From the Creative Commons blog:
The first Creative Commons licensed PhD to be defended on 2nd October in Göteborg, Sweden.
The PhD thesis entitled Disruptive Technology: Effects of Technology Regulation on Democracy deals with the negative democratic effects which often arise when attempts are made to regulate the Internet technology.
By studying the attempts to regulate the disruptive effects of Internet technology and the consequences of these regulatory attempts on the IT-based participatory democracy this work shows that the regulation of technology is the regulation of democracy.
The work has been written by Mathias Klang who is Project Lead for Creative Commons Sweden.
The PhD thesis is the first of its kind to be released under a Creative Commons license (Attribution-Noncommercial-Share Alike 2.5) in Sweden.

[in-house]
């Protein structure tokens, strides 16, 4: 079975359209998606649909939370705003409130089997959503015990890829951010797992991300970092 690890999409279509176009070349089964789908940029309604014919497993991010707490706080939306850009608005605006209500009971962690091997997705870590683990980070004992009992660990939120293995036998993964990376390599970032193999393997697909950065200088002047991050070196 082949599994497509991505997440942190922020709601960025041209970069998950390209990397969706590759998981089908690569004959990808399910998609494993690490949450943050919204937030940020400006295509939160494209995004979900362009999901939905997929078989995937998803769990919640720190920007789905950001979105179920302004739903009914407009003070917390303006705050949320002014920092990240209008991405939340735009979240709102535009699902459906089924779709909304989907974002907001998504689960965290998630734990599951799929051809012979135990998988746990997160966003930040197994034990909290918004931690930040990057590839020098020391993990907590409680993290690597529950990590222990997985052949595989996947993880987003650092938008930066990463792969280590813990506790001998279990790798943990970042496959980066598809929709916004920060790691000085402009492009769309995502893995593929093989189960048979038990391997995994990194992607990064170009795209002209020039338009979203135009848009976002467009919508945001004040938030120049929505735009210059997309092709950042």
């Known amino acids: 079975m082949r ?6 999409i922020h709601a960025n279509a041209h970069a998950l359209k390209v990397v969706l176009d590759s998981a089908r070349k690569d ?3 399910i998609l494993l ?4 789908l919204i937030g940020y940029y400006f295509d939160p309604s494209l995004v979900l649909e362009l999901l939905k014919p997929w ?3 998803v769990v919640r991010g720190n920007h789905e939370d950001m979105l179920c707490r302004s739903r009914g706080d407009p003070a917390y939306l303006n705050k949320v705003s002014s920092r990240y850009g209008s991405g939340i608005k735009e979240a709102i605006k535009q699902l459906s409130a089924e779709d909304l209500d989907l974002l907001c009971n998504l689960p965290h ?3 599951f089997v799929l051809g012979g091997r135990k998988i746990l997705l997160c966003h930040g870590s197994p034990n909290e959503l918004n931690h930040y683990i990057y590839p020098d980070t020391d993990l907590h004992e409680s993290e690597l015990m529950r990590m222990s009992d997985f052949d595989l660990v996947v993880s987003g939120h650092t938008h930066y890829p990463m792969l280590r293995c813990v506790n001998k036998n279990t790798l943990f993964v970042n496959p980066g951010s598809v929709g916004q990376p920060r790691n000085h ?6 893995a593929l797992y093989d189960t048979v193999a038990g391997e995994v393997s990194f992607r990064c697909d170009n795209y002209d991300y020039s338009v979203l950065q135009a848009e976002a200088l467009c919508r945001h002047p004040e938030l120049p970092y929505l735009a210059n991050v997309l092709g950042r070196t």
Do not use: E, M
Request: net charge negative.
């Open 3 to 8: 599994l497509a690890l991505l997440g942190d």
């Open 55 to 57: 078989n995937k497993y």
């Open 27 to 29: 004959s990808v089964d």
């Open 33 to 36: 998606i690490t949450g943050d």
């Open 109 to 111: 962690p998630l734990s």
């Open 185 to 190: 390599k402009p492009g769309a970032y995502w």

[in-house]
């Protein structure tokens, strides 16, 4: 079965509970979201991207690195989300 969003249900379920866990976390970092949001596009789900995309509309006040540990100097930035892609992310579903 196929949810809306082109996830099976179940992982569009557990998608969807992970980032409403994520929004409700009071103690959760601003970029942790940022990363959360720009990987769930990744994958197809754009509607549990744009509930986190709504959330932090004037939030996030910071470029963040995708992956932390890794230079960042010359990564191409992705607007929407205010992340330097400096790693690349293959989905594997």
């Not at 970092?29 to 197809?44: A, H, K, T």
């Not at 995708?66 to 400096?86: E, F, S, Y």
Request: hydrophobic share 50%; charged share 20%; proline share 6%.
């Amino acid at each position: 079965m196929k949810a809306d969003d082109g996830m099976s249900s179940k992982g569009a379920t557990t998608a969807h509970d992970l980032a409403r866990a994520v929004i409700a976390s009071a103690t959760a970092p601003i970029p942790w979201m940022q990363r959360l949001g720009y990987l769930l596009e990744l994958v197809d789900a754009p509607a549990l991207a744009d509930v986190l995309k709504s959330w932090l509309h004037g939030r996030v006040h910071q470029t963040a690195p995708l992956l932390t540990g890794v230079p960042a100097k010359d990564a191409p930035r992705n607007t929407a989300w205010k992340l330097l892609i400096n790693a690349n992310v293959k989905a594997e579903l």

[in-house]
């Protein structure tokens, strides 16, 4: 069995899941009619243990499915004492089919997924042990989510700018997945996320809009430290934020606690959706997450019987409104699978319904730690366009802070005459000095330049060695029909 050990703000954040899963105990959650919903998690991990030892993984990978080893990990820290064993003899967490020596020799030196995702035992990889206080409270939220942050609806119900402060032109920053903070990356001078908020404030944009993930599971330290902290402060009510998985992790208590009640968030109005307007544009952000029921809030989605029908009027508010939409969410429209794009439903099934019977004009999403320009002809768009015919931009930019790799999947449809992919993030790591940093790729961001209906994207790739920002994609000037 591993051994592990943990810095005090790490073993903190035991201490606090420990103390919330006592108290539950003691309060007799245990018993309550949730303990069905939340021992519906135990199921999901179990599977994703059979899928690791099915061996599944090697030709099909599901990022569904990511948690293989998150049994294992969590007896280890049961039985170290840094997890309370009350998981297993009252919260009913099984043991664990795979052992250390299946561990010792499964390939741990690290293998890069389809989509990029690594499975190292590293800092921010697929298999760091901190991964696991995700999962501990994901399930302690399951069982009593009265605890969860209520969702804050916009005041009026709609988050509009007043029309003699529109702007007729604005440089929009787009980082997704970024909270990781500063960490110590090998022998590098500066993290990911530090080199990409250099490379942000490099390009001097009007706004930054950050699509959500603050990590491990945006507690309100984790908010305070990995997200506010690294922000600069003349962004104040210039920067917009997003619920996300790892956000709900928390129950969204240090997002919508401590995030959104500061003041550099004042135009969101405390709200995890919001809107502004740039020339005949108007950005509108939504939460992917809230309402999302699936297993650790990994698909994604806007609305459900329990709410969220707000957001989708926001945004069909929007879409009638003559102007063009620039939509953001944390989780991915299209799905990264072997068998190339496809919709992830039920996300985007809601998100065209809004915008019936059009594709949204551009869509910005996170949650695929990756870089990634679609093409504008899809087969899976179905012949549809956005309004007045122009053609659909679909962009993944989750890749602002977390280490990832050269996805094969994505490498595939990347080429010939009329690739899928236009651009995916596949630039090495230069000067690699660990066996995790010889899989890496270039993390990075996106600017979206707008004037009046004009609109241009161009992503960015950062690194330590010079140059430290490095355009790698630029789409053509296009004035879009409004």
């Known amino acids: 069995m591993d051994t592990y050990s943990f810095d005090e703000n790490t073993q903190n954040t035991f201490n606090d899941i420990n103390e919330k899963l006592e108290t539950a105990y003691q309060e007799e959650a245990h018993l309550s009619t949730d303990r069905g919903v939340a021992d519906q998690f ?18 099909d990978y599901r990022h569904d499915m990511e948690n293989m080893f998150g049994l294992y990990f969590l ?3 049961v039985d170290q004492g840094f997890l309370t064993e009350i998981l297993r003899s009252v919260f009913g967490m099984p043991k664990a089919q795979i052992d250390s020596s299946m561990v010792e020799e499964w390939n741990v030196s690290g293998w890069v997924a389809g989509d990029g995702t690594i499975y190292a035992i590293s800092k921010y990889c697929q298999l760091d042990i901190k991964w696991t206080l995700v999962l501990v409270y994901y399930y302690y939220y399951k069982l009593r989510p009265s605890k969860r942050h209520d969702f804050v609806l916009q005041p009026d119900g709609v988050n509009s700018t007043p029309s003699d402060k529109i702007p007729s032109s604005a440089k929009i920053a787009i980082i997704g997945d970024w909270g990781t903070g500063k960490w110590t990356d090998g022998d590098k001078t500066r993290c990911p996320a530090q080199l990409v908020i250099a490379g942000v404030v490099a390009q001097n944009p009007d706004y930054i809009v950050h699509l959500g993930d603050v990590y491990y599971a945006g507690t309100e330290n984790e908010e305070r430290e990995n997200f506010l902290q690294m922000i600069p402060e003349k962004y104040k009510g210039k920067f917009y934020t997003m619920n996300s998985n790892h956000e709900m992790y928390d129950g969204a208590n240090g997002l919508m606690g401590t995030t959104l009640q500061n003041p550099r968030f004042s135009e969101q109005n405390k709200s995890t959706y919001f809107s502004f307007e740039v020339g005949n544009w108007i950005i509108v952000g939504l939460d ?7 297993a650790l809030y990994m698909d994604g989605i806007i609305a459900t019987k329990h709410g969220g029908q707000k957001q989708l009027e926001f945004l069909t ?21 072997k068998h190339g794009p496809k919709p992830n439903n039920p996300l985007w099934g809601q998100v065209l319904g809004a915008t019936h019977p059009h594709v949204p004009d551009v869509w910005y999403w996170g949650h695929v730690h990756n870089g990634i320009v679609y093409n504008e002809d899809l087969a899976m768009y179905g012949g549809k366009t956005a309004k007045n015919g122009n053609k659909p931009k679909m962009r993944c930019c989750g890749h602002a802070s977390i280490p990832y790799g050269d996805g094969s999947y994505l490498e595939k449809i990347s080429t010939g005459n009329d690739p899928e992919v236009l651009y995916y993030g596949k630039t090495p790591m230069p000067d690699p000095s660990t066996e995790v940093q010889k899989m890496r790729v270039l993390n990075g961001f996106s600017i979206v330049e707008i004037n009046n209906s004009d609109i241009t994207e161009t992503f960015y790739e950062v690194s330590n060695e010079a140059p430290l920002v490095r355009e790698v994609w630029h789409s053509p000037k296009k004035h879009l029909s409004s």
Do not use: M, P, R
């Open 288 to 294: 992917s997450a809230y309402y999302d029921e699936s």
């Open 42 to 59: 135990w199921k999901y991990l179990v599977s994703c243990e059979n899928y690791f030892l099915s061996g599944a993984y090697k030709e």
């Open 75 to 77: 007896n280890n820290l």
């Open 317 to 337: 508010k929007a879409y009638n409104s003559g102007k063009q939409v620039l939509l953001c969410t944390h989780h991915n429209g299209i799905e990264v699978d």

Gabriel: Klang was not the first ever, just the first in Sweden. Yesterday I blogged an earlier one from Caltech, and today I had to update my blog post to note an even earlier one from Edinburgh. See the details.
Thanks for the correction. I’ve fixed the header.
October / 2006
We are interested in learning more about history blogs and in finding ways to promote them. To aid in this effort, we are circulating a small questionnaire and will make the results available in Tapera (in Spanish) and in Digital History Hacks (in English). If you wish to participate, please return the questionnaire to email@example.com
Thank you very much.
William Turkel – Digital History Hacks – http://digitalhistoryhacks.blogspot.com/
Nicolás Quiroga – Tapera – http://tapera.info
First post (mm/dd/Y):
1. Which history-related blogs do you visit most frequently? (1-5)
2. What factors do you think are involved in your choice of blogs to read? (For example: quality of information, writing, institution, author profile, rankings, entertainment value…)
3. What factors characterize your own blog? Which are most important?
4. Have you changed the objectives of your blog since you created it?